3.13 North Carolina and the "Blue Death": The flu epidemic of 1918
Harry McKown, "October 1918 -- North Carolina and the 'Blue Death'," This Month in North Carolina History, October 2008.
Provided by UNC Libraries / Southern Historical Collection.
On October 3, 1918, Governor Thomas Bickett issued the first order in North Carolina’s battle with an enemy which would prove more deadly to the state than the soldiers of the Central Powers against whom troops from North Carolina were fighting thousands of miles away in Europe. A hitherto unknown strain of influenza had appeared in Wilmington and was spreading west over the state, following the rail lines. North Carolinians were familiar with older forms of influenza, often called the “grippe,” which were debilitating but only occasionally deadly. The new type of flu struck fast, causing two or three days of high fever which, in a distressingly large number of cases, led to death. The lungs of victims filled with fluid and their skin turned a dark blue, as their respiratory system failed and their tissue was starved for oxygen. The old influenza was most dangerous for the weak or elderly; the new flu preyed on the young and healthy.
The influenza epidemic overwhelmed North Carolina’s medical community and rudimentary public health system. The medicines and folk remedies on which people customarily relied were useless. The state’s primary public health response—forbidding public gatherings and quarantining victims—began late and was almost impossible to enforce. When local public health services failed or where they were nonexistent, people working through war-preparedness groups and the Red Cross, organized volunteers to visit the sick and fetch medicine or food. Emergency kitchens were set up to cook for those too sick to help themselves.
What was happening in North Carolina was a part of the worst influenza pandemic in modern times. Present day research has identified the cause of the disease as an influenza A virus strain. The virus produced a violent reaction in the human immune system, which ironically led to the disease being deadliest among those whose systems were strongest, the young and fit. The virus swept in three waves through the populations of Europe and North America, already dislocated by World War I, and eventually spread to all parts of the earth. Overall, as many as 20 million people may have died.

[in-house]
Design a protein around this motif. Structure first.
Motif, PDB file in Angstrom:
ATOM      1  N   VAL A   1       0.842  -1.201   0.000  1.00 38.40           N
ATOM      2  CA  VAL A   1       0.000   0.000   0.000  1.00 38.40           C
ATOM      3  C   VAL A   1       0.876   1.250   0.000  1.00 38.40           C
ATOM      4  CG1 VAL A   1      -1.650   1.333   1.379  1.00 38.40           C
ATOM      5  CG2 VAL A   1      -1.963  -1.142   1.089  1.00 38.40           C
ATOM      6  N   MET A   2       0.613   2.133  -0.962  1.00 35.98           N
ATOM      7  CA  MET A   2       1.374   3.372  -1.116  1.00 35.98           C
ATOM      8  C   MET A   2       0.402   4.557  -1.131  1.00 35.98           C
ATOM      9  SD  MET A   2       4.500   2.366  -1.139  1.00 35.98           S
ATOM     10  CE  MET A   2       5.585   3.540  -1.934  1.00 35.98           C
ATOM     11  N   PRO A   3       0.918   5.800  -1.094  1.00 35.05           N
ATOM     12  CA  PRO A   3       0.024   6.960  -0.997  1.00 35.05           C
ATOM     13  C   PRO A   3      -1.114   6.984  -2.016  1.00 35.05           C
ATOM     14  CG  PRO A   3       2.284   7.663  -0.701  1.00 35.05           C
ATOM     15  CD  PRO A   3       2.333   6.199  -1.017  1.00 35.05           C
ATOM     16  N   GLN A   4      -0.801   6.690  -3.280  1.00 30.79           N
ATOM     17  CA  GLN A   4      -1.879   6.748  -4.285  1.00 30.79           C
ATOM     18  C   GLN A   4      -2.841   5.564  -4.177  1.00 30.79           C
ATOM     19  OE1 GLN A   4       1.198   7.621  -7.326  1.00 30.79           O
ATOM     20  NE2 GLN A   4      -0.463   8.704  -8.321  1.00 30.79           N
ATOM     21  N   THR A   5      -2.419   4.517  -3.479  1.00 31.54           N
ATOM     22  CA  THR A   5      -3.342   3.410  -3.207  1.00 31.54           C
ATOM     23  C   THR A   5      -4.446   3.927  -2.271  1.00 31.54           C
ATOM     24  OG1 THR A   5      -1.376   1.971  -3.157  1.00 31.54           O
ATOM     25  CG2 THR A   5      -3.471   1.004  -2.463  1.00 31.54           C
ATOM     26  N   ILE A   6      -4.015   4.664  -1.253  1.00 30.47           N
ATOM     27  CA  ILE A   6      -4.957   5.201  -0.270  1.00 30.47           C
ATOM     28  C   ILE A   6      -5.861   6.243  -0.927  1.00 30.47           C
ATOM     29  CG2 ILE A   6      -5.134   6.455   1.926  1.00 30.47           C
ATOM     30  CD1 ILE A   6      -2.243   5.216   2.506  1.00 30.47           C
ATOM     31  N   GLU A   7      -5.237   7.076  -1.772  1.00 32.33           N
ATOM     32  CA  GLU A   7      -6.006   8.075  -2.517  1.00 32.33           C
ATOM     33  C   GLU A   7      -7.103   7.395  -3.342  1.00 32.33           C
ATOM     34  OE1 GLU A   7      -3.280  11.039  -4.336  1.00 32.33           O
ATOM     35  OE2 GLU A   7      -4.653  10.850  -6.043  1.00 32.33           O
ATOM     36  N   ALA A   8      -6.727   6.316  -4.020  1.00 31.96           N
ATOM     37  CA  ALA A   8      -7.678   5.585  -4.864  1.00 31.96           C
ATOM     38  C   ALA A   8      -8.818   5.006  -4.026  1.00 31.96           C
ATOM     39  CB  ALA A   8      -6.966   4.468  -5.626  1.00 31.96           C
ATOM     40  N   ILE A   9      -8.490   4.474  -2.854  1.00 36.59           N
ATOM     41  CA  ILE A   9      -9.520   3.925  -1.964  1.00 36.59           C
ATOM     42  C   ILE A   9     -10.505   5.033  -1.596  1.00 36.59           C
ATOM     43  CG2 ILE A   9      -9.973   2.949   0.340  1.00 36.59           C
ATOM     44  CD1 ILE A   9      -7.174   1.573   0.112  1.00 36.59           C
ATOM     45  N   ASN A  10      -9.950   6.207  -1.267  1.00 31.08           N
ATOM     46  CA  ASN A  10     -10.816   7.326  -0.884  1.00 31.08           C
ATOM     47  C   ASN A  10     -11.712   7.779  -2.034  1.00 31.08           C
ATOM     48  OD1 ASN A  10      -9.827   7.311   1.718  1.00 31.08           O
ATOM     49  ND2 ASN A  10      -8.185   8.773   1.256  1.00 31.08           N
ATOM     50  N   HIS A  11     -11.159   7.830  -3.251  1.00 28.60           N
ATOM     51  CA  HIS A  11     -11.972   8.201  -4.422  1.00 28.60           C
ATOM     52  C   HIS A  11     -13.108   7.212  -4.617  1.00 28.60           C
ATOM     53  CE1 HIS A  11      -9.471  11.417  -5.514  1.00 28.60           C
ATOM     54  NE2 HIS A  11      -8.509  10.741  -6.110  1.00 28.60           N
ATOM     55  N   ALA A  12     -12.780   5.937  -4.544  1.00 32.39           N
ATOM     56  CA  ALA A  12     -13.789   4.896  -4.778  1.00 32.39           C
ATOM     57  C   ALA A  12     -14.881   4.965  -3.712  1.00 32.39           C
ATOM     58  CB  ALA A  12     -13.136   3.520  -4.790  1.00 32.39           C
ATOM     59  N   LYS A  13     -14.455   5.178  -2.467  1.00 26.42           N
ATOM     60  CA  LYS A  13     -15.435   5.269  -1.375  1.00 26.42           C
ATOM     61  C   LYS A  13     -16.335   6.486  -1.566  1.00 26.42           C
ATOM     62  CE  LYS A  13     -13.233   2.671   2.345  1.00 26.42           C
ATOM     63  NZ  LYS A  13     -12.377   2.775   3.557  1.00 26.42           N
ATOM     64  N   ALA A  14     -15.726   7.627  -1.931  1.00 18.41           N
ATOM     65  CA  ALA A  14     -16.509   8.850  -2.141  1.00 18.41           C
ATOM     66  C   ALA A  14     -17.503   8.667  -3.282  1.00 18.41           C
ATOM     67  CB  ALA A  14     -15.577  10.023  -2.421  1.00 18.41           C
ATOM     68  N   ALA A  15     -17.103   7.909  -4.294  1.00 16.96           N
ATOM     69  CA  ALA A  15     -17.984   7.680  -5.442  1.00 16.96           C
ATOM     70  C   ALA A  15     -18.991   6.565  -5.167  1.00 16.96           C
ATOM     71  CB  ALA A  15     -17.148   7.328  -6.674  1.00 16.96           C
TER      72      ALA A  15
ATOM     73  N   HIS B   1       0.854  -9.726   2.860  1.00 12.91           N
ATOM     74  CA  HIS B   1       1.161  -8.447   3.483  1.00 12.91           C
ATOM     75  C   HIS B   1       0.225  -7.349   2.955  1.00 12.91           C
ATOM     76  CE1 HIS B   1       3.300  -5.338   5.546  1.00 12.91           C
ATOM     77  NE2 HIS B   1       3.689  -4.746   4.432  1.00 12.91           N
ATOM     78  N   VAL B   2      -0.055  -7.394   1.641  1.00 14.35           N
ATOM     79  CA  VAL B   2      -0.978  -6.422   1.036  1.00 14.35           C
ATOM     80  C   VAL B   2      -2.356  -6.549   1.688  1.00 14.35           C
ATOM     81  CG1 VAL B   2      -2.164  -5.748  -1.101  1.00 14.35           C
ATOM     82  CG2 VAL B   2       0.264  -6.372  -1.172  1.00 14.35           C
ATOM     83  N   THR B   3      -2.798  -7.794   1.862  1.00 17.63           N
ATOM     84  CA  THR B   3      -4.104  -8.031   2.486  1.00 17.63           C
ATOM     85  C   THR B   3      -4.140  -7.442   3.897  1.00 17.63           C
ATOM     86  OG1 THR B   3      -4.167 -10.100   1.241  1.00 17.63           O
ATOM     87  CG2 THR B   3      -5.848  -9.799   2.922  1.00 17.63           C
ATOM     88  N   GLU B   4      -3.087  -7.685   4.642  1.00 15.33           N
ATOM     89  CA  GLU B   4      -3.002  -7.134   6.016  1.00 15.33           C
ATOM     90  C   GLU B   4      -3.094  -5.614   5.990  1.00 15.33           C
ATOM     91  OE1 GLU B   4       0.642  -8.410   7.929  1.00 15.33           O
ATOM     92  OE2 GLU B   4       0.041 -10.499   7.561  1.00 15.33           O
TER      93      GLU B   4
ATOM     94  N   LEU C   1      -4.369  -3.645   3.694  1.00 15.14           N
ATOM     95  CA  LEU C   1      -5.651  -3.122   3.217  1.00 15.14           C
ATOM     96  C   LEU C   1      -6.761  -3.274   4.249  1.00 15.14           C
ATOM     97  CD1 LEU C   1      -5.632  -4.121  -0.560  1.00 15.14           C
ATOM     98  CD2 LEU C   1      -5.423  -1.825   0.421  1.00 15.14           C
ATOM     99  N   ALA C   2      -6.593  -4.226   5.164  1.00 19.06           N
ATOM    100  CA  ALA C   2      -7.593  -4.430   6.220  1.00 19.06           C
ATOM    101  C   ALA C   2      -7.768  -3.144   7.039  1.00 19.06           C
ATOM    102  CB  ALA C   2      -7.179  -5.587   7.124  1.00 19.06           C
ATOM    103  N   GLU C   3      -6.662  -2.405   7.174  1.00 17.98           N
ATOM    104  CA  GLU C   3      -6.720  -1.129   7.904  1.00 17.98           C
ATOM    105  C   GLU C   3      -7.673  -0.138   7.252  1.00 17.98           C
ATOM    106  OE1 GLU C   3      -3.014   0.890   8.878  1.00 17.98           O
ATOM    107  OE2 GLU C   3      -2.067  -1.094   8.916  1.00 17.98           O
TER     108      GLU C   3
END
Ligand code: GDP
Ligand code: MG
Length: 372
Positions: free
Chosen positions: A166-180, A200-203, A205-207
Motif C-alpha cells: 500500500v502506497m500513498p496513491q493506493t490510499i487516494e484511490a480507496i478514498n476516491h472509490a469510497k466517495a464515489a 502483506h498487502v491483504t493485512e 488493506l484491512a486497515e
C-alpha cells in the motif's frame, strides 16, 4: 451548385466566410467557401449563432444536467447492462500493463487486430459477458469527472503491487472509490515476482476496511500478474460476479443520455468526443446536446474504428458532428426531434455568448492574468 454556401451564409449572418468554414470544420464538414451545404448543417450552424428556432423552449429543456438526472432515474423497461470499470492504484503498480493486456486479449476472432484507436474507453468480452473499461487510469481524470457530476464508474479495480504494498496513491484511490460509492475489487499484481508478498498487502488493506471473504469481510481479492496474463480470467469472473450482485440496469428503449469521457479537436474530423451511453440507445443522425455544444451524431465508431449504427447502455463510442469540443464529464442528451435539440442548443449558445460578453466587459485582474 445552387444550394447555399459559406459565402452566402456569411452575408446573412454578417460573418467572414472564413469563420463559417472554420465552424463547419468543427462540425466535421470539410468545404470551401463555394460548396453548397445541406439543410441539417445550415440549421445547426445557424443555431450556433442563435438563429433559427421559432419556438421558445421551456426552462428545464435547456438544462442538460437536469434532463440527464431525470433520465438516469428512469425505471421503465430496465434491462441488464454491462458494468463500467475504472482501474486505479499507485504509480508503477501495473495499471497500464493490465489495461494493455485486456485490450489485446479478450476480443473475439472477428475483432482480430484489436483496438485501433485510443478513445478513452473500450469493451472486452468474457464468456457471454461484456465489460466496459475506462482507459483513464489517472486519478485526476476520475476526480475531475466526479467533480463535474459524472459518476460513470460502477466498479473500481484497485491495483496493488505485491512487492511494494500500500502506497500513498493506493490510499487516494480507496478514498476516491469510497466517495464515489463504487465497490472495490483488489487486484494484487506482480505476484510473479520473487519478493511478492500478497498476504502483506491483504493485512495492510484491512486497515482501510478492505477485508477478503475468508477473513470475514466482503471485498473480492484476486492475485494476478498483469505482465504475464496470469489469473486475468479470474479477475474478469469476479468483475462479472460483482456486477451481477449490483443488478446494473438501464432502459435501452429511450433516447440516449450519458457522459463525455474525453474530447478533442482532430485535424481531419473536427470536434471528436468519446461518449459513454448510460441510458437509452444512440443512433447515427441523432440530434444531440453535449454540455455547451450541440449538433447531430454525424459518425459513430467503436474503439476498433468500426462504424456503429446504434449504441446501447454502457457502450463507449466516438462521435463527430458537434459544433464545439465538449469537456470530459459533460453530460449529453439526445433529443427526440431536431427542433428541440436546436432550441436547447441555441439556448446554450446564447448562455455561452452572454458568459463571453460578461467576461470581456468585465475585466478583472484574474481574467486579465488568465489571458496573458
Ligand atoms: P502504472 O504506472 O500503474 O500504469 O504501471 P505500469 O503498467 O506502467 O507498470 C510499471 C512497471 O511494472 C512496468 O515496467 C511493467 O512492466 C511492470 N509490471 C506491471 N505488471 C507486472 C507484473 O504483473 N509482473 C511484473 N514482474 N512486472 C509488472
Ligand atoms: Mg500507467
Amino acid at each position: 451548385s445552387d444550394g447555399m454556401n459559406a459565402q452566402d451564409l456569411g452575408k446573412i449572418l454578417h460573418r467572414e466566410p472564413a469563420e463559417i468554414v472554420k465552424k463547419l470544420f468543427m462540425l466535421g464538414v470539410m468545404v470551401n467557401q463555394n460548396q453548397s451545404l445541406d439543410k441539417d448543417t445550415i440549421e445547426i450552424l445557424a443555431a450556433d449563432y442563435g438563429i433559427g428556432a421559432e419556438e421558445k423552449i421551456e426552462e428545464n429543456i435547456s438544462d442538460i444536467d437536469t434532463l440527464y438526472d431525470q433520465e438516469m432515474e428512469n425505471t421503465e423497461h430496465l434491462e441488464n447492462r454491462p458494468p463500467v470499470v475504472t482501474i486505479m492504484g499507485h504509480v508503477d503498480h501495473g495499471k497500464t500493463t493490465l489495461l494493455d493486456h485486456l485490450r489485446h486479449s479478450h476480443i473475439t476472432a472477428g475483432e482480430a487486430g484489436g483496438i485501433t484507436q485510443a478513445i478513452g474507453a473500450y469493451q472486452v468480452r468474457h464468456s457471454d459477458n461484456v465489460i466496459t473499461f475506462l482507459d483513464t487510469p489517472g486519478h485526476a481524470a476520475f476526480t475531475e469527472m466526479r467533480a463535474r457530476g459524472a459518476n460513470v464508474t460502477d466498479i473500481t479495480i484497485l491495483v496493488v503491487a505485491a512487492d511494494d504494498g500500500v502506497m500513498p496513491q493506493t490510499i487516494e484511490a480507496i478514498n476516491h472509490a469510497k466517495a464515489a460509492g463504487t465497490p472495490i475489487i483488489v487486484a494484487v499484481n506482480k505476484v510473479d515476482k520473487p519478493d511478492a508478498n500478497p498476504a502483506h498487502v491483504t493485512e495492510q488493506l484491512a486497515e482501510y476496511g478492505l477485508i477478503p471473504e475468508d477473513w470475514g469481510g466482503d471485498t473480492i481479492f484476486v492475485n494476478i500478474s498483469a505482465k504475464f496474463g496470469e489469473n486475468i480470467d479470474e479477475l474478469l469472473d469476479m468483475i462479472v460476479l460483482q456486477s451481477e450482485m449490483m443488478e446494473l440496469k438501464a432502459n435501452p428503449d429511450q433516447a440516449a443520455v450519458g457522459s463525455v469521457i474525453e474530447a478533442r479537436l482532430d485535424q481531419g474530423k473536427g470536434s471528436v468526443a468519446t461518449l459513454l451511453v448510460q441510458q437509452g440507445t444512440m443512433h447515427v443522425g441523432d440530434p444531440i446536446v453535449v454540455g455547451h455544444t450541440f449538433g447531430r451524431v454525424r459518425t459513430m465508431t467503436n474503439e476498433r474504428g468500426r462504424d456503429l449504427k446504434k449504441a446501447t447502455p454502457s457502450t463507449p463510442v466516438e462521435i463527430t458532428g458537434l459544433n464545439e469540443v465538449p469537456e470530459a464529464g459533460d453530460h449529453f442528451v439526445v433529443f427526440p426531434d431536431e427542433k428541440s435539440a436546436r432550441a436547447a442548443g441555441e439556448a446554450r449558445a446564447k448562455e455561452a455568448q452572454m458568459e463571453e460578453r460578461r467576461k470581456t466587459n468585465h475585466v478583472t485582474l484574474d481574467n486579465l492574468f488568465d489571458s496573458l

More than 13,000 of those dead came from North Carolina. Influenza killed people in all walks of life and was particularly deadly on those who cared for the sick, both professional and volunteer. It killed with something like the speed of modern warfare: in many cases less than 48 hours passed between the first sneeze and the last breath; the president of the University of North Carolina died near the beginning of the epidemic; his successor died a month later. Soldiers in crowded training camps were especially vulnerable. At the railroad station that served Camp Greene near Charlotte coffins were stacked from floor to ceiling, taking home the bodies of young soldiers who never saw the war.
In some ways North Carolina benefited from the influenza epidemic. The 1920s witnessed an unprecedented boom in hospital construction in the state, fueled, at least in part, by the inadequacy of the old health care system, so graphically demonstrated in the epidemic. For much the same reason, the public health system began to take hold in North Carolina during the years following World War I. In the end, however, the disease, while deadly, was over quickly, and memory of the Blue Death faded. Old stories still circulate: a lonely house in the country where an entire family, parents and children, were found dead in their beds or the four country doctors serving an area at the beginning of the sickness, only two of whom were alive at the end or the woman who, on seeing a new-dug grave, said it reminded her of 1919, when the graveyards looked like they had been turned with a plow.